Cathy N. Davidson, a professor of English at Duke University, is the author of "Now You See It: How the Brain Science of Attention Will Transform the Way We Live, Work, and Learn." This is from The Washington Post.
When Frederick Kelly invented the multiple-choice test in 1914, he was addressing a national crisis. The ranks of students attending secondary school had swollen from 200,000 in 1890 to more than 1.5 million as immigrants streamed onto American shores, and as new laws made two years of high school compulsory for everyone and not simply a desirable option for the college bound. World War I added to the problem, creating a teacher shortage with men fighting abroad and women working in factories at home.
The country needed to process students quickly and efficiently. If Henry Ford could turn out Model Ts "for the great multitude," surely there was an equivalent way, Kelly wrote in his dissertation at Kansas State Teachers College, to streamline schooling. What he came up with was the Kansas Silent Reading Test, sometimes called the "item-response" or "bubble" test.
Today, American public school students are still taking versions of Kelly's test. End-of-grade exams, required under the No Child Left Behind law, are modeled after his idea: Fill in the circles. There is only one right answer. Stop when time is called.
The Obama administration is undertaking an important overhaul of key parts of No Child Left Behind, the George W. Bush administration's signature education law. Perhaps that reform needs to go even further, to help our students escape Kelly's century-old invention.
The multiple-choice exam has had an impact far beyond the crisis that inspired it, and a reach and application far beyond what its inventor intended. From his papers at the University of Idaho, it is clear that Kelly didn't mean for standardized testing to become so widespread.
Although he argued for uniform ways of judging achievement, he also indicated that his test was intended to measure "lower-order thinking" among the masses. But this form of testing is now the gold standard for just about everything, from No Child Left Behind tests to college entrance exams to tests for graduate and professional schools.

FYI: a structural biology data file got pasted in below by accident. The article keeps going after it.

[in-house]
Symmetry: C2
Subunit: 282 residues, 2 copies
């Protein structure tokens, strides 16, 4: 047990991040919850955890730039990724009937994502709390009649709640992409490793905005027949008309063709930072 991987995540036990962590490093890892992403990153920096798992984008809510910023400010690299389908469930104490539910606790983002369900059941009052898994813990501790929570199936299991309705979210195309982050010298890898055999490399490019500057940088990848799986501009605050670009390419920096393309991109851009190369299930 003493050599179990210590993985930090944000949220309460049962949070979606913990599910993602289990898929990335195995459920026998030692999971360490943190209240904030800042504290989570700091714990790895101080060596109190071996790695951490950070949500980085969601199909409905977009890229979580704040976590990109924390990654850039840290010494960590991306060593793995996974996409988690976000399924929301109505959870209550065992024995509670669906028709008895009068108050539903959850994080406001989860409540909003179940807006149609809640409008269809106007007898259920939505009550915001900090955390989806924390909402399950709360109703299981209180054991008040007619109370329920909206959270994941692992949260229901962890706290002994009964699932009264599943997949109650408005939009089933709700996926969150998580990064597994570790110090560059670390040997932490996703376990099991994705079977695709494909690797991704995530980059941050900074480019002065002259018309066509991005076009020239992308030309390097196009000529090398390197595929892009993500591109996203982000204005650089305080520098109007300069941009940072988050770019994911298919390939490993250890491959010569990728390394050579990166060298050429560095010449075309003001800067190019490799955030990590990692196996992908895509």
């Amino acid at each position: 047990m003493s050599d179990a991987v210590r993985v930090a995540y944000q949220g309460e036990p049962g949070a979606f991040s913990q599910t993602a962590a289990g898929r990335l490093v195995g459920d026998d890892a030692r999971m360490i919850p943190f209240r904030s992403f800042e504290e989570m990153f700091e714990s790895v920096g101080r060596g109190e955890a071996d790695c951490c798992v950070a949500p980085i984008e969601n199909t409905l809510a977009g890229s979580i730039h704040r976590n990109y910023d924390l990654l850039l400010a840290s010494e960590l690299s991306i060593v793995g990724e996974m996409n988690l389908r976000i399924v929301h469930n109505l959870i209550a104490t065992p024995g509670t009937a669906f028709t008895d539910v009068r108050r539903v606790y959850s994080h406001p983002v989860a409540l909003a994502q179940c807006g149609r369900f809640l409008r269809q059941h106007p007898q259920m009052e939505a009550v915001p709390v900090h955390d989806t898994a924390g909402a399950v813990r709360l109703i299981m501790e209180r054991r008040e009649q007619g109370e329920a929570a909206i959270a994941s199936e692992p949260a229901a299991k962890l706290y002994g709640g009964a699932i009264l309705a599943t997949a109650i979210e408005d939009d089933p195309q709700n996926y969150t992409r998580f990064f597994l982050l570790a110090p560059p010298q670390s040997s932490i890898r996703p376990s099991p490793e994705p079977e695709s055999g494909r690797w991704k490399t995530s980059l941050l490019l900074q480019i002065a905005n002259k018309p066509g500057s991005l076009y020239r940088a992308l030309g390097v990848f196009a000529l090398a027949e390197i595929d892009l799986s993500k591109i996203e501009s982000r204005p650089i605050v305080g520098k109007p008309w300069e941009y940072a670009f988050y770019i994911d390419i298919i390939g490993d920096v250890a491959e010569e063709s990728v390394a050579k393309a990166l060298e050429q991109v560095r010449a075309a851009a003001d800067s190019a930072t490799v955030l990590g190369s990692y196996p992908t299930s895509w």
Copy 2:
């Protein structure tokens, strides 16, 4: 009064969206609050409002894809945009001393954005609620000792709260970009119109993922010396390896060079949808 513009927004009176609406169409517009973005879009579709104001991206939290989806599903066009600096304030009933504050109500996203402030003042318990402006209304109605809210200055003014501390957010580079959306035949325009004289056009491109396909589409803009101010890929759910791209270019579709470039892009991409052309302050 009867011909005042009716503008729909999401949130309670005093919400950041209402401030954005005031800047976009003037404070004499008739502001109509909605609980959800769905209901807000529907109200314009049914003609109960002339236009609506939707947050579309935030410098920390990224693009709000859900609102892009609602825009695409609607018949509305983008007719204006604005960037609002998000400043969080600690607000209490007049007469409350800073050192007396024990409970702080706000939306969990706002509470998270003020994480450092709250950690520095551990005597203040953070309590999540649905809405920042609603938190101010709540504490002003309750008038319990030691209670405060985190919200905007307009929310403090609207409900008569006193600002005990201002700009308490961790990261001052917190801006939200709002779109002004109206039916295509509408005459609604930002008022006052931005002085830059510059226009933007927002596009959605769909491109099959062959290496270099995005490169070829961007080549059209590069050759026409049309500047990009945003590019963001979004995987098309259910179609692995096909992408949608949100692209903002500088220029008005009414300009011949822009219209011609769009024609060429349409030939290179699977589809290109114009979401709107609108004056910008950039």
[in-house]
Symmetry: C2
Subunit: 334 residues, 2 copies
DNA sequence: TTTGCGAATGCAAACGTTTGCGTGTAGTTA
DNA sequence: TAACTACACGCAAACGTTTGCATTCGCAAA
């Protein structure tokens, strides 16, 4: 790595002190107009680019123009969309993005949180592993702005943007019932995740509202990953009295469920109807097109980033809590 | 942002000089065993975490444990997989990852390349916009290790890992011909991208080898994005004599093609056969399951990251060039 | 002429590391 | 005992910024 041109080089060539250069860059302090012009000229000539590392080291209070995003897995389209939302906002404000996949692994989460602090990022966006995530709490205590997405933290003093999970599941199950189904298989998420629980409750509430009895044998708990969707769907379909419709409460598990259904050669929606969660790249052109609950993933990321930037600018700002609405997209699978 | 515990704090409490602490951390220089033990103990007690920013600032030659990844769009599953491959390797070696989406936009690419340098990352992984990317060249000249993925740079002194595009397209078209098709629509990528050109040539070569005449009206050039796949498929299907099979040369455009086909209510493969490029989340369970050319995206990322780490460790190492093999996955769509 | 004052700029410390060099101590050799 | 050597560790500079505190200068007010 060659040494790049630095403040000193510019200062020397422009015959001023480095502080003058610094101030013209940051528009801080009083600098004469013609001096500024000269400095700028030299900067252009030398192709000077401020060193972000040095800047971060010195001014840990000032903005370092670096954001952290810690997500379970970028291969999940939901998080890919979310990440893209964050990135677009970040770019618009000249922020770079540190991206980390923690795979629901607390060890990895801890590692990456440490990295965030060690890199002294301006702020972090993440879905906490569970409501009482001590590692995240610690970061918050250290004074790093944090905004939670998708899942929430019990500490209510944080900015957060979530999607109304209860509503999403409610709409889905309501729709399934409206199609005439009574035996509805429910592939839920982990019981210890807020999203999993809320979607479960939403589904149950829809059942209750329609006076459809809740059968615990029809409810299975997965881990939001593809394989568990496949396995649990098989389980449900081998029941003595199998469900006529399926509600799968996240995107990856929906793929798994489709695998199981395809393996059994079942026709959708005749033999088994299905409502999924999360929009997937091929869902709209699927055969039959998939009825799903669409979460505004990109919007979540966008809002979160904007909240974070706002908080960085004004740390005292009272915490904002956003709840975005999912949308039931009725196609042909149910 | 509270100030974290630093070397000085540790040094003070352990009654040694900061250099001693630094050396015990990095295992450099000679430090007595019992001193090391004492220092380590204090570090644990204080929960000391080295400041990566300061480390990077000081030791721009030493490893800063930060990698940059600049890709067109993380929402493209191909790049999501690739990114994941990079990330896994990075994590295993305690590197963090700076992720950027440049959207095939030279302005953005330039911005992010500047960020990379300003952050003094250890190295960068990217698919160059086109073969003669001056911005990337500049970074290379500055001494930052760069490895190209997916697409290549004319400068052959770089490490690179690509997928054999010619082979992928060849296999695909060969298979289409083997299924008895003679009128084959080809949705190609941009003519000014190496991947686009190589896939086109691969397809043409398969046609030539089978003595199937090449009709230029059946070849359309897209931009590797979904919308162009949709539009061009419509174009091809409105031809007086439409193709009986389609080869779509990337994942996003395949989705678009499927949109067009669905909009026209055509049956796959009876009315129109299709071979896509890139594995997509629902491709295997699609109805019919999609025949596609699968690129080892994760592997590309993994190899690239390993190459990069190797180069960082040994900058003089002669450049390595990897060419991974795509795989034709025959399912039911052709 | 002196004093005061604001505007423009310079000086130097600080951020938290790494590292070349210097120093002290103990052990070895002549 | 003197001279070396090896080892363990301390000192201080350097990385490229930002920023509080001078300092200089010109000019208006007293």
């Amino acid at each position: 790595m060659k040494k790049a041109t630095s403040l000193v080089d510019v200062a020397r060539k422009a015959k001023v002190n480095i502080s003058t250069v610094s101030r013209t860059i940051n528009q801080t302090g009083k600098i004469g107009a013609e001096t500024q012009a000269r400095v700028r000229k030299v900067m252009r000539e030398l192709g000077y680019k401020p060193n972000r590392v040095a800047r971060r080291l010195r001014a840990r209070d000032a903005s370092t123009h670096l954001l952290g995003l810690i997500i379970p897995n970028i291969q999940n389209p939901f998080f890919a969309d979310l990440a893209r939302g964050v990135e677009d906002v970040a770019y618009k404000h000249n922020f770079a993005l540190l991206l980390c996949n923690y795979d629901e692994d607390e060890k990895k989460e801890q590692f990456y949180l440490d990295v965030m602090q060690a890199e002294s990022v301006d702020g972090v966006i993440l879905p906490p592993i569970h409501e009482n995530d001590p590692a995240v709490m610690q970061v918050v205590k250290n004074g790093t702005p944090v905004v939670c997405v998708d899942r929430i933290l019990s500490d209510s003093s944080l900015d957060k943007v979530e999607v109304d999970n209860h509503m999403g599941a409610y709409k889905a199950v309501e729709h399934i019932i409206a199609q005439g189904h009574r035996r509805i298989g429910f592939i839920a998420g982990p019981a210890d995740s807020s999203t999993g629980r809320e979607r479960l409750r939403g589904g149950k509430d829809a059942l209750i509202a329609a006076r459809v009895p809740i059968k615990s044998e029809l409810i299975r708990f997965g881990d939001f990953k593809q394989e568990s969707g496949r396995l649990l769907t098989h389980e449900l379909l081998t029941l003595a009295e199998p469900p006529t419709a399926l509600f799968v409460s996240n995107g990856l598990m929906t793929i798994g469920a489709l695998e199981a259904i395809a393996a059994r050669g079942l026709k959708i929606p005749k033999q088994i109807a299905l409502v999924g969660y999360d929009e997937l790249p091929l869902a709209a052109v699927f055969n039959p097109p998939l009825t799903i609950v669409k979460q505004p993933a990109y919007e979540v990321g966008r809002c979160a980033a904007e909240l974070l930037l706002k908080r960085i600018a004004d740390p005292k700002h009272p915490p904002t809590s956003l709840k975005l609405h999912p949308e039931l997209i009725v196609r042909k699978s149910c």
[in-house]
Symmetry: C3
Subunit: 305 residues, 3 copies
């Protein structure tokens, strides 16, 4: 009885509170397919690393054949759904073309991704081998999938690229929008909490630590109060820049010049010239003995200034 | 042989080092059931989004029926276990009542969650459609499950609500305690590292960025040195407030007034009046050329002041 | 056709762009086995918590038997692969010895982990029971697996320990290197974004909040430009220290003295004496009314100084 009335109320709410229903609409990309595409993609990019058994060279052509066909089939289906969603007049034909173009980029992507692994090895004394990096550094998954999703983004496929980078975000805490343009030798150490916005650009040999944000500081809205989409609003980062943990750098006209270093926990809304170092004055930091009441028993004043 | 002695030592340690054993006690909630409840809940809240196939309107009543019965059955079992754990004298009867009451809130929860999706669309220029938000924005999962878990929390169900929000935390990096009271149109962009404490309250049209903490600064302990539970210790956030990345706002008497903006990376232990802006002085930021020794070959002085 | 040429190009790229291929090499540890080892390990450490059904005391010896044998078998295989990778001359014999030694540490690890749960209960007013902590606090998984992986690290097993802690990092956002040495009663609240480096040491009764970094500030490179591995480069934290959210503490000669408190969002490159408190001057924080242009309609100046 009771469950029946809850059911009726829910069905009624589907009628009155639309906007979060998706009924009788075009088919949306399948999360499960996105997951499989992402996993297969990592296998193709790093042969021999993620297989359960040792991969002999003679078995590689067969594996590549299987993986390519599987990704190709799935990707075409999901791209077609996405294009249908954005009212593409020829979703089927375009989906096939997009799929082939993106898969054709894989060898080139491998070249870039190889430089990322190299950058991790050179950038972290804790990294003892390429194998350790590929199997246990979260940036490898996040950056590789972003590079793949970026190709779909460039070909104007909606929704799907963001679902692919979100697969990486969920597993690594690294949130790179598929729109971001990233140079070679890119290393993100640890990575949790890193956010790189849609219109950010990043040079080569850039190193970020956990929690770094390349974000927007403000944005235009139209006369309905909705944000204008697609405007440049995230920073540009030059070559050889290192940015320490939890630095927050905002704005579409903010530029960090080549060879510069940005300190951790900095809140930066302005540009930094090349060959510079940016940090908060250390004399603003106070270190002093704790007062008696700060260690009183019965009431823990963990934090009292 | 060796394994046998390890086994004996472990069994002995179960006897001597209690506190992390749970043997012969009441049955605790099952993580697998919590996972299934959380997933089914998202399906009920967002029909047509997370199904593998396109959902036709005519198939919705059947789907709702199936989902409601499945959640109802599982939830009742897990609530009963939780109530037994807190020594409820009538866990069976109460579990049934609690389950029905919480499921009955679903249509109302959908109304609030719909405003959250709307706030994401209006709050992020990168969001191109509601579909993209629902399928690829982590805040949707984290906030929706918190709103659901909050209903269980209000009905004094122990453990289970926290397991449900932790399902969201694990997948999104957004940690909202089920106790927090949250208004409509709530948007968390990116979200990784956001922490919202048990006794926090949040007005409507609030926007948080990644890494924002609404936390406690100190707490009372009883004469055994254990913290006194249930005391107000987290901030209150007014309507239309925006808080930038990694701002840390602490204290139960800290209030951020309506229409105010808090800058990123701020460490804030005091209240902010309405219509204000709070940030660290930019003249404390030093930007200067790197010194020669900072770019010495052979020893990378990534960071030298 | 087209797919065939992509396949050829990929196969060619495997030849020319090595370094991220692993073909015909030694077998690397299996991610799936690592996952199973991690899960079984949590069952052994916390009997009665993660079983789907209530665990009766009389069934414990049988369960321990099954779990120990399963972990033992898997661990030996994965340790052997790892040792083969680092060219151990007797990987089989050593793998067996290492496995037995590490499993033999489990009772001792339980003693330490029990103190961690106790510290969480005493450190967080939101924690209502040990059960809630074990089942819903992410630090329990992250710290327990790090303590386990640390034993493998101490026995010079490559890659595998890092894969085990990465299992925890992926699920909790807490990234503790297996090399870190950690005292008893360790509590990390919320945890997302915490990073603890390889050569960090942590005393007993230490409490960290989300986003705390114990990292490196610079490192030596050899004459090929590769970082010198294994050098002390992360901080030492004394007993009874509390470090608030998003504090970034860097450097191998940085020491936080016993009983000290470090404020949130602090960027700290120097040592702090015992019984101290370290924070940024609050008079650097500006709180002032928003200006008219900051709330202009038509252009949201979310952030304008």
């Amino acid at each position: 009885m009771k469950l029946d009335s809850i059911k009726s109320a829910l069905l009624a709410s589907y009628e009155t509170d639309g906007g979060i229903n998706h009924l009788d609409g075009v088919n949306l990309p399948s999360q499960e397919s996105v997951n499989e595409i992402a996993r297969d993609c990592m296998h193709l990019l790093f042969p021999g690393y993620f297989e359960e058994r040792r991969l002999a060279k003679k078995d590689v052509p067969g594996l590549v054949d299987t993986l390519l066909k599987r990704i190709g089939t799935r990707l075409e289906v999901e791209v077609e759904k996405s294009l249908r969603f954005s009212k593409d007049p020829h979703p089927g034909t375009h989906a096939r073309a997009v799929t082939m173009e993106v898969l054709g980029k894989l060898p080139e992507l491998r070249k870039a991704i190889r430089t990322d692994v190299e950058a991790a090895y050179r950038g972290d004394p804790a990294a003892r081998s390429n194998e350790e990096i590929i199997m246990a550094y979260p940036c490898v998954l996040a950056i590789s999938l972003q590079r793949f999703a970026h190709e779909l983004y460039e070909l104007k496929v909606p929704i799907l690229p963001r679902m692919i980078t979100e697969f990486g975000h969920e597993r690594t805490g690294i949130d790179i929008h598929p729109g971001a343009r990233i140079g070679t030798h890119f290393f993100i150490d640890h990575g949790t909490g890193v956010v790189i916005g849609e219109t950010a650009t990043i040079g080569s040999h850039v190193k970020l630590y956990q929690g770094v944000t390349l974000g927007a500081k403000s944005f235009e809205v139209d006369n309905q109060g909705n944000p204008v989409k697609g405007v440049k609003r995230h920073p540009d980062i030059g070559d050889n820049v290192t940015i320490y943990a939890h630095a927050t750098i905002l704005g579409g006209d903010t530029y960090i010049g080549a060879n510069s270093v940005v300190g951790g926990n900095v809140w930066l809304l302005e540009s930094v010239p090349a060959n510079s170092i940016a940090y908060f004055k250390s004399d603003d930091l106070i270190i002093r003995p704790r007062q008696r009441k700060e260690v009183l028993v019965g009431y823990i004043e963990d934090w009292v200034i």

We are saddled with an educational system that was designed for the industrial age, modeled on mass production and designed for efficiency, not for high standards. We aren't teaching and testing our students for responsible participation in the interactive digital age.
Even at IBM, the industrial-age behemoth that developed the time clock, 40 percent of employees now work at least partly at home in a system called "endeavor-based work." Timed tests? Right answer chosen from four preselected ones? What does that old form of education have to do with our children's future -- or, for that matter, their present?
A standard test question for young students today, dating back to Kelly's original exam, is which of four animals is a farm animal (a cow, tiger, rat or wolf). The same child who flubs this question can go home, Google "farm animals" and get 14.8 million results. What part of our educational system prepares a student to sort through and evaluate all those websites? Multiple-choice exams do not equip kids for either the information avalanche or the fine print that they encounter online every day.
In a decade of researching digital education, I have never heard an educator, parent or student say that the tests work well as teaching tools. Beyond the flaws of these rigid exams -- which do not measure complex, connected, interactive skills -- there is little room in the current curriculum for lessons about key questions that affect students' daily lives. Teaching kids about credibility, security, privacy, intellectual property and other bases of their online lives, after all, would take time away from the tested subjects.
We're facing a crisis in education today, much like Kelly faced in 1914. The U.S. high school completion rate is dropping slightly in real terms, and dramatically relative to other industrialized nations. We have teachers, out of self-preservation and to protect their schools and their students, teaching to a way of testing that was designed in the era of the Model T. Now is the time to rethink how we assess learning for the challenges of the digital world that lie ahead. It's not as simple as filling in the bubbles.